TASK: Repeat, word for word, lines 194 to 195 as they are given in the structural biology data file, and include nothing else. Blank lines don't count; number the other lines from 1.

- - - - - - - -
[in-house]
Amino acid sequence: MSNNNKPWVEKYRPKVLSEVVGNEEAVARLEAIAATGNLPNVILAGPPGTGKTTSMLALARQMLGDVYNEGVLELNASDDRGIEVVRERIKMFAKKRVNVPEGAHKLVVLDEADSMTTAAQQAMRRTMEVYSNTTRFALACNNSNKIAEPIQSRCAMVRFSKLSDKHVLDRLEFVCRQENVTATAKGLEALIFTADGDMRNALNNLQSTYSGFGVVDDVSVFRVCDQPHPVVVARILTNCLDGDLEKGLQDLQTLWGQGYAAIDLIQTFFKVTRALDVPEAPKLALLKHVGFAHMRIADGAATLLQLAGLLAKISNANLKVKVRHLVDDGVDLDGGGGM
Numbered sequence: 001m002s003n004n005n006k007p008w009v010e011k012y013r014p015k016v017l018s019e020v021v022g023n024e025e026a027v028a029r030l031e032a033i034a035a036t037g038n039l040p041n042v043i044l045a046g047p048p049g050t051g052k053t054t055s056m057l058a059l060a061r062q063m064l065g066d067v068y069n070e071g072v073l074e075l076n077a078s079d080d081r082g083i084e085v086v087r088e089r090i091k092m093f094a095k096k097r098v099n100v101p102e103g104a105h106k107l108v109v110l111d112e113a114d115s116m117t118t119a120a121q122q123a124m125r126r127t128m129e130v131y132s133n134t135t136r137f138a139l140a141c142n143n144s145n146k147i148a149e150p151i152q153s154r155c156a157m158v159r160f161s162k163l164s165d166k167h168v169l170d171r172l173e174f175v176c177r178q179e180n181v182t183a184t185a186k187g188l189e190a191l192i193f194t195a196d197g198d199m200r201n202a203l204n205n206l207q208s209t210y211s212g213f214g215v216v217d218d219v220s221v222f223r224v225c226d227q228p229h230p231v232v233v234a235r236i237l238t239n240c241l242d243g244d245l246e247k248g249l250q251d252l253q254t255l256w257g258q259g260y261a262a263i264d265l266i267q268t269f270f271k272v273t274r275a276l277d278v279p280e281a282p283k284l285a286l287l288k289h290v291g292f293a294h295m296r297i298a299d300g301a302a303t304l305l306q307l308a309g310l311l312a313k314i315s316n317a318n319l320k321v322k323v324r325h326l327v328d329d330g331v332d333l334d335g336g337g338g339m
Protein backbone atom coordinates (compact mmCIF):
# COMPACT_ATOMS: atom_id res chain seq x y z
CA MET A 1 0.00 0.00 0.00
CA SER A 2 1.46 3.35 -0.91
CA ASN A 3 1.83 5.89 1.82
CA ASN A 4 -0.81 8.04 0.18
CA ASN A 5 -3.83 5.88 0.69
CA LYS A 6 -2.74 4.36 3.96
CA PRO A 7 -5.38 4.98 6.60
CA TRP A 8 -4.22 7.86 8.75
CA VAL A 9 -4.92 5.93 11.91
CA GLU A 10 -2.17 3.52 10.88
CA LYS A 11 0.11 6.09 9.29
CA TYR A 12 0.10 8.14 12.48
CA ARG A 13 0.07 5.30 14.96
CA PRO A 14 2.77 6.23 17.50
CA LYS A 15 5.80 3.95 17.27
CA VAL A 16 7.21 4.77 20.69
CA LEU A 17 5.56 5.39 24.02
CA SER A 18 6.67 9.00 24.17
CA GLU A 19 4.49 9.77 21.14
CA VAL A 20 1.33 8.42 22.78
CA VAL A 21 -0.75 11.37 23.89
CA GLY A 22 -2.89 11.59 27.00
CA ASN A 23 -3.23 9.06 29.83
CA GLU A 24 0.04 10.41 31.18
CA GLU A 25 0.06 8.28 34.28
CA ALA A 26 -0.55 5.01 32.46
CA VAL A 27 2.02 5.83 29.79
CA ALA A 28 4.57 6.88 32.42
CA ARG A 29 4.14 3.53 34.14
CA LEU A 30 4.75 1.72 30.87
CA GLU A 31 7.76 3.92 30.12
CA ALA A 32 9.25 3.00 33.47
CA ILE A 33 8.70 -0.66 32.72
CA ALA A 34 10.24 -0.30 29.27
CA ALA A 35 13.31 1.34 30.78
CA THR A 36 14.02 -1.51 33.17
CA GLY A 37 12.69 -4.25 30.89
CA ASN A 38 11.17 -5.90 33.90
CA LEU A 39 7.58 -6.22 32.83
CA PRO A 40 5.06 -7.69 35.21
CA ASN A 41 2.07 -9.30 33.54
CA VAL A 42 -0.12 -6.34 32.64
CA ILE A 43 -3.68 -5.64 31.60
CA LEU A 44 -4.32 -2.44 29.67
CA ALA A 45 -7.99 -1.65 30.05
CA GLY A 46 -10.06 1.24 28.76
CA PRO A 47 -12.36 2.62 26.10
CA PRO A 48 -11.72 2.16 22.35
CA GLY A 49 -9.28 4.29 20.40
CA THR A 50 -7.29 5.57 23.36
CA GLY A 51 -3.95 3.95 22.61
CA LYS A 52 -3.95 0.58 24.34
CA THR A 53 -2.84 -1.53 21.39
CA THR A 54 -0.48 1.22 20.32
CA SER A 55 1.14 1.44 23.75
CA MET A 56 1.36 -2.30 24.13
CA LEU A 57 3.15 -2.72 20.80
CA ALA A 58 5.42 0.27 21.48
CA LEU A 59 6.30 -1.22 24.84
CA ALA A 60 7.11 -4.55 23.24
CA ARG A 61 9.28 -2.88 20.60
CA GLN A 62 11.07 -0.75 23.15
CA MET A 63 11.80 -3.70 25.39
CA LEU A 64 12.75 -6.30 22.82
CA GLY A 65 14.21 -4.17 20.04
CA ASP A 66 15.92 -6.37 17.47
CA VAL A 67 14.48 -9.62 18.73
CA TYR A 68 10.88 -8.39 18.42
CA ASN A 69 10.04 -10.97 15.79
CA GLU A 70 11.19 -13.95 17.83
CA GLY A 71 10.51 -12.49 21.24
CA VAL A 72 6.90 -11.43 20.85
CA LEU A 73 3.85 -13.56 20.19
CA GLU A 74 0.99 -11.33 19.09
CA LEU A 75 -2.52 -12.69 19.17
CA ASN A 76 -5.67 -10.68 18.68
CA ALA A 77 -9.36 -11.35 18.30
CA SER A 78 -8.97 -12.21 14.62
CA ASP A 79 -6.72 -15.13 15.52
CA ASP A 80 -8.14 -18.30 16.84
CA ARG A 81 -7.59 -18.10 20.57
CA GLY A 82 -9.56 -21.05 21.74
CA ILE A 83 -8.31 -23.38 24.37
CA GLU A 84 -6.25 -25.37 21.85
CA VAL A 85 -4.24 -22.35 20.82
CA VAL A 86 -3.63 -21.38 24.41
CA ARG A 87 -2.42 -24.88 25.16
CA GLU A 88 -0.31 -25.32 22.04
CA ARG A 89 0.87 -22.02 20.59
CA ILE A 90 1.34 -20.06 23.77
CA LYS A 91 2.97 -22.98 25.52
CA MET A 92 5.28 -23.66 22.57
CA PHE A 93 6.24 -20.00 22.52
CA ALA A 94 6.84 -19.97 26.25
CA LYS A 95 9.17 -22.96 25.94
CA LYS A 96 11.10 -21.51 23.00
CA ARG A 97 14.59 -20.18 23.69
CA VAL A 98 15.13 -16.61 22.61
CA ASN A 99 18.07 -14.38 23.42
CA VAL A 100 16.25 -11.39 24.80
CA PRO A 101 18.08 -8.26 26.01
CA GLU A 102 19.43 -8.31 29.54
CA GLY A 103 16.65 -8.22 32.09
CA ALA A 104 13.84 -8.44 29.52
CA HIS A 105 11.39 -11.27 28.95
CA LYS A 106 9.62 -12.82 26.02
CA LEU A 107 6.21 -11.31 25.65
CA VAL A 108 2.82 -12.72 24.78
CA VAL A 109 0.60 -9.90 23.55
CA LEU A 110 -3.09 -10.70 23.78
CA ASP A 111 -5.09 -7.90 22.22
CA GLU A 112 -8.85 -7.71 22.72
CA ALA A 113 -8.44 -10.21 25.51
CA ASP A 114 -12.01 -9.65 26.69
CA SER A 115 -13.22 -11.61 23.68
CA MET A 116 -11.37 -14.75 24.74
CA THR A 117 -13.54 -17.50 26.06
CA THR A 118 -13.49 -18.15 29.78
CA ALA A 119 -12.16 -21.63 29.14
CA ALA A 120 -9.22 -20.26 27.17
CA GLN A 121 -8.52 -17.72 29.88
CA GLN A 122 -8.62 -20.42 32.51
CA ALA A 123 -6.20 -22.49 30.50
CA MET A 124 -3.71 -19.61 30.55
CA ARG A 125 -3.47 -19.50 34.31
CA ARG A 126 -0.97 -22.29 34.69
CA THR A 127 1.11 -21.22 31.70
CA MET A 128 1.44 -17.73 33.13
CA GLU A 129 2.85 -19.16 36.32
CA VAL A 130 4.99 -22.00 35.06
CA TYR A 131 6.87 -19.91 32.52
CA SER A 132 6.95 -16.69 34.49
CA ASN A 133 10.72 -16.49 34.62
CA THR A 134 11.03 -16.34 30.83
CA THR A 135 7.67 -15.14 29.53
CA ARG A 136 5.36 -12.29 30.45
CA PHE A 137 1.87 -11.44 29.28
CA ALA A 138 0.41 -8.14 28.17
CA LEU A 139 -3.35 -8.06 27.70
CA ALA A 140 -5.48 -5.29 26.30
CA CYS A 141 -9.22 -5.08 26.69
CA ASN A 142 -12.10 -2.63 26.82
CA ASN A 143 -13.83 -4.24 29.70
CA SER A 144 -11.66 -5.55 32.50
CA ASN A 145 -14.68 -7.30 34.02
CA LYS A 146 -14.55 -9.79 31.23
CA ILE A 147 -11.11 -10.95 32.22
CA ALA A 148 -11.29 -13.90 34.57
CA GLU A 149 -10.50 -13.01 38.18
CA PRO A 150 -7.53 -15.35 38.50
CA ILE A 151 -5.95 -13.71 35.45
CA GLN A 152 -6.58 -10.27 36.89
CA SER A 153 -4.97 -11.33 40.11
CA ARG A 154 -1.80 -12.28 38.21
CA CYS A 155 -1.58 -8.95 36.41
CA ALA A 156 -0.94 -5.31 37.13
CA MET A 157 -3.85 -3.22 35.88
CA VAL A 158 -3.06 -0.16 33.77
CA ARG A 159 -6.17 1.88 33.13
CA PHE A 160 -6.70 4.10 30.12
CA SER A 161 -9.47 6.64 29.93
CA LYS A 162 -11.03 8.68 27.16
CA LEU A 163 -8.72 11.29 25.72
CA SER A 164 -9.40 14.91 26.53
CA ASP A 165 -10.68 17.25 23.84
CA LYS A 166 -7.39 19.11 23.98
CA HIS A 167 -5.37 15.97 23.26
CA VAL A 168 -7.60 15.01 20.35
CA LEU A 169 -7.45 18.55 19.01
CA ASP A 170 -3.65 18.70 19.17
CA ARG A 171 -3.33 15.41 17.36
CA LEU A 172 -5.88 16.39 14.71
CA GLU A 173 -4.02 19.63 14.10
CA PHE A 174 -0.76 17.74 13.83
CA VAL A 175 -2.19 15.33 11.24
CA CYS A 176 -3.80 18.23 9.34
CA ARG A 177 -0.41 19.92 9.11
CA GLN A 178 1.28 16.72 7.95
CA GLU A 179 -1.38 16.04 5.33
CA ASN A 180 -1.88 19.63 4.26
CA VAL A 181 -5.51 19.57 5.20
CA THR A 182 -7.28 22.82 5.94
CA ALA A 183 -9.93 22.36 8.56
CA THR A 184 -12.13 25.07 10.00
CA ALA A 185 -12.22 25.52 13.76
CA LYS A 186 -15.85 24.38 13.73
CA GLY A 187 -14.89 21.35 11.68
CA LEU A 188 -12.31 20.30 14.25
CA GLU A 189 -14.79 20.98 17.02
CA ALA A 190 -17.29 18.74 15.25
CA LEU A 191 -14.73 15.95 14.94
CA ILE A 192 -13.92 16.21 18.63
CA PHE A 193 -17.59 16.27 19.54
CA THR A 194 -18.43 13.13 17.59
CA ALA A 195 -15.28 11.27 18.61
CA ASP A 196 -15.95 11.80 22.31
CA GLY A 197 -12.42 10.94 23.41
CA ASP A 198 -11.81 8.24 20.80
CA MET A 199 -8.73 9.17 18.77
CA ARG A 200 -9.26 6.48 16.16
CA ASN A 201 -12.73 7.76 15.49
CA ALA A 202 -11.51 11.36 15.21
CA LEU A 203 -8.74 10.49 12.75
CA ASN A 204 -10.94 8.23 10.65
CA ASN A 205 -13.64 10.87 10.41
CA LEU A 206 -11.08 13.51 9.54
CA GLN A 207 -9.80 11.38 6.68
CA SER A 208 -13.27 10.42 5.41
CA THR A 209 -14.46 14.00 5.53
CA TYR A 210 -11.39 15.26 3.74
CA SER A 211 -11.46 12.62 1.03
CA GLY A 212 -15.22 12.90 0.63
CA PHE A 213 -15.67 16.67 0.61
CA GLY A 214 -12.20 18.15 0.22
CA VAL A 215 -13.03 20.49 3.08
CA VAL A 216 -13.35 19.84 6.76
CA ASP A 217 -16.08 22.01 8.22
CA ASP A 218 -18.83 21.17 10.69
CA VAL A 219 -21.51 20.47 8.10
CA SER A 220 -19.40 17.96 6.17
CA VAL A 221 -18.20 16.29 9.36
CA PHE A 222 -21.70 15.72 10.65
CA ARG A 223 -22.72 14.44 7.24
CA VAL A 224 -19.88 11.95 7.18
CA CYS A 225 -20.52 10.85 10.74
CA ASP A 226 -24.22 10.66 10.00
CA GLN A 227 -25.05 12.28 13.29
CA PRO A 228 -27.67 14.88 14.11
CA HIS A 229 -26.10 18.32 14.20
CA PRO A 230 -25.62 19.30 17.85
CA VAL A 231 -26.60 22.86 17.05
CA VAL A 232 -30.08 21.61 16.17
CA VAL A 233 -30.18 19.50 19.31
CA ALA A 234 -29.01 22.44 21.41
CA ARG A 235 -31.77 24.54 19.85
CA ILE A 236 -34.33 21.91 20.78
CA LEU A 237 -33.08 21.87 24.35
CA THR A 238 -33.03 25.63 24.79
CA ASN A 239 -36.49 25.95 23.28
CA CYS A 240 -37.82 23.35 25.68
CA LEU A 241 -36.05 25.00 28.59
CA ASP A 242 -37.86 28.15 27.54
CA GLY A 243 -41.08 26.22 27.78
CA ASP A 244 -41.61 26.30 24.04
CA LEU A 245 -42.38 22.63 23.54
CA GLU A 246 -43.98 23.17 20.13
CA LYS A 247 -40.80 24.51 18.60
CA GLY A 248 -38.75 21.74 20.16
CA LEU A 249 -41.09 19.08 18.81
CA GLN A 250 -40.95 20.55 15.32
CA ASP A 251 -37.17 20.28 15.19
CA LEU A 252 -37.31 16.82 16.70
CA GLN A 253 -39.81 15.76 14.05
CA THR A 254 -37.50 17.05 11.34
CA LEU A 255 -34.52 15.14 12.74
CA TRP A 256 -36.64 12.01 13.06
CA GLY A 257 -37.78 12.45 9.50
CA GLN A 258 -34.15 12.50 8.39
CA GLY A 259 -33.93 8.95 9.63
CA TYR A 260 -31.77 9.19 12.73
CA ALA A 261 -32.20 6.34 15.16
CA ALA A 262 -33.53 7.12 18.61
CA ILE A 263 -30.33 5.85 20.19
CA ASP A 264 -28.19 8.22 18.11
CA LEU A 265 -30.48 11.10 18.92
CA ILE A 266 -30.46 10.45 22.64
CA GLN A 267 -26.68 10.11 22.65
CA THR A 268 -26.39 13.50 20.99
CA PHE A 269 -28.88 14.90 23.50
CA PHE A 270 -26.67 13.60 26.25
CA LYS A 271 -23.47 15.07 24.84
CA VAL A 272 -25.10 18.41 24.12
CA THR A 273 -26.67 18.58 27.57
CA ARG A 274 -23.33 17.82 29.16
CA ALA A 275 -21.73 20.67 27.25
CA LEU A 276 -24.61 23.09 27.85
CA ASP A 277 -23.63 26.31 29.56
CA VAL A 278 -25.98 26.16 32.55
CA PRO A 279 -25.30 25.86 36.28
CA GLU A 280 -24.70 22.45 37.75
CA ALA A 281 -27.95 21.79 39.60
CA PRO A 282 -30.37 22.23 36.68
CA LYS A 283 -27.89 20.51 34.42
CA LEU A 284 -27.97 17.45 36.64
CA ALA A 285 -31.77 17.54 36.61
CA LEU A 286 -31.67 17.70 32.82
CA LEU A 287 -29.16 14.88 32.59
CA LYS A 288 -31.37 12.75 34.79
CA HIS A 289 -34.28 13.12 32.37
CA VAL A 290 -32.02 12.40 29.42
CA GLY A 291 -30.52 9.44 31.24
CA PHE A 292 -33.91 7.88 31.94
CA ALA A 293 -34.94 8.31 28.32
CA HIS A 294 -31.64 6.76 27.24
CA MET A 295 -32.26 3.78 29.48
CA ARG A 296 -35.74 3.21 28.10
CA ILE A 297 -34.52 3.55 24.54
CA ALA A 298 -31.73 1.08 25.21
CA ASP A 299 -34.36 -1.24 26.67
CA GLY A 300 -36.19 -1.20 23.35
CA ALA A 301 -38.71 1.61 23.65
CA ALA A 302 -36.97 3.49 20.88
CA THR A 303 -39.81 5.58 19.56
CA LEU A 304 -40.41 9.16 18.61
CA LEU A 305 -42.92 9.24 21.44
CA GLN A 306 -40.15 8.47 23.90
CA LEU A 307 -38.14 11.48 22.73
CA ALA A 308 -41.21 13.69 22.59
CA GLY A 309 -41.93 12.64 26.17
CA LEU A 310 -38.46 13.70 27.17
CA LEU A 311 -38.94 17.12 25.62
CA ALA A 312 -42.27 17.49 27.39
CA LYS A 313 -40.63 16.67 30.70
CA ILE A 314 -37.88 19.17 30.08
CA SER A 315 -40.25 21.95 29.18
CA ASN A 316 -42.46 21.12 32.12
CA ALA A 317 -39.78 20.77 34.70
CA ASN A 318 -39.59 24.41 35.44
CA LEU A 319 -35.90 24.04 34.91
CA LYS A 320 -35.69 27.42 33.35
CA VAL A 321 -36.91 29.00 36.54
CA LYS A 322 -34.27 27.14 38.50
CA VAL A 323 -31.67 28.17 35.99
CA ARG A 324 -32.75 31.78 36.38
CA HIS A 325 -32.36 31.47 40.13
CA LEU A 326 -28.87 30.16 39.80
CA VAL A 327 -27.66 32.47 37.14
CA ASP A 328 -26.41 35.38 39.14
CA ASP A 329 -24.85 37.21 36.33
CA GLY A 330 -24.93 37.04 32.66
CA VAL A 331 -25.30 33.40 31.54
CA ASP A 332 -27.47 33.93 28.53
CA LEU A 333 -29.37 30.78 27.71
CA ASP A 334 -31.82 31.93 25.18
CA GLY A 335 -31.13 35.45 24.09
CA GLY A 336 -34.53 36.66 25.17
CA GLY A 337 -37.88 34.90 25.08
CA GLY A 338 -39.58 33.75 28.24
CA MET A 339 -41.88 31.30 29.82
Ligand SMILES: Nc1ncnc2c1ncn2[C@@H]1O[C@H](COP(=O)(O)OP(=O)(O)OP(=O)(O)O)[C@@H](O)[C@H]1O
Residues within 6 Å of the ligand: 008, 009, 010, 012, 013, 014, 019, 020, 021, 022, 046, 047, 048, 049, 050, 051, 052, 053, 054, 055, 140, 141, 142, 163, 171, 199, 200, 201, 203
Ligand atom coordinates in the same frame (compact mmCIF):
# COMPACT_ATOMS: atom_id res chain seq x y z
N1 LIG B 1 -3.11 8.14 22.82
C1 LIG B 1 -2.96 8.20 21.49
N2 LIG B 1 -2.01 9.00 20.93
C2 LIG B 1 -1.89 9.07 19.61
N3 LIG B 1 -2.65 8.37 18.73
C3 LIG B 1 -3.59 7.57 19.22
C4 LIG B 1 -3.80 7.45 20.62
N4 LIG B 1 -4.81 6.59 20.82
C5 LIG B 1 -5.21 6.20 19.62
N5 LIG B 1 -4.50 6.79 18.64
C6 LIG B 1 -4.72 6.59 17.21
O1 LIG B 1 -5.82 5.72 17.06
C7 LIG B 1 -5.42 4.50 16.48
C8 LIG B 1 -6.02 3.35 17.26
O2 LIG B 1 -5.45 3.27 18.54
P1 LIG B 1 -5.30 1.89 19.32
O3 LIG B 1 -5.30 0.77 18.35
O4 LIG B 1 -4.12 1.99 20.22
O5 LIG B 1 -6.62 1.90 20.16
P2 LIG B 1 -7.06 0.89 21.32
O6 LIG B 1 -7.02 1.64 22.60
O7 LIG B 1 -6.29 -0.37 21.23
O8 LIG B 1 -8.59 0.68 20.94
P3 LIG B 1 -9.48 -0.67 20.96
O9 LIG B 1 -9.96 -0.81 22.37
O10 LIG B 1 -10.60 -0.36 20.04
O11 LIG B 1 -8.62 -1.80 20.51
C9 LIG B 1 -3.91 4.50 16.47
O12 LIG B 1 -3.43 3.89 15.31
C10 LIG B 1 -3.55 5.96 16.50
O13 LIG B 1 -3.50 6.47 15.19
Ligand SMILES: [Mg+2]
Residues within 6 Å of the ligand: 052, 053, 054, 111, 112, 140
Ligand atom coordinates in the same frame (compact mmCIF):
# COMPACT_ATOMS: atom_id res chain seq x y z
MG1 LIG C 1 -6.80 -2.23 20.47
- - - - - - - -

CA GLU A 189 -14.79 20.98 17.02
CA ALA A 190 -17.29 18.74 15.25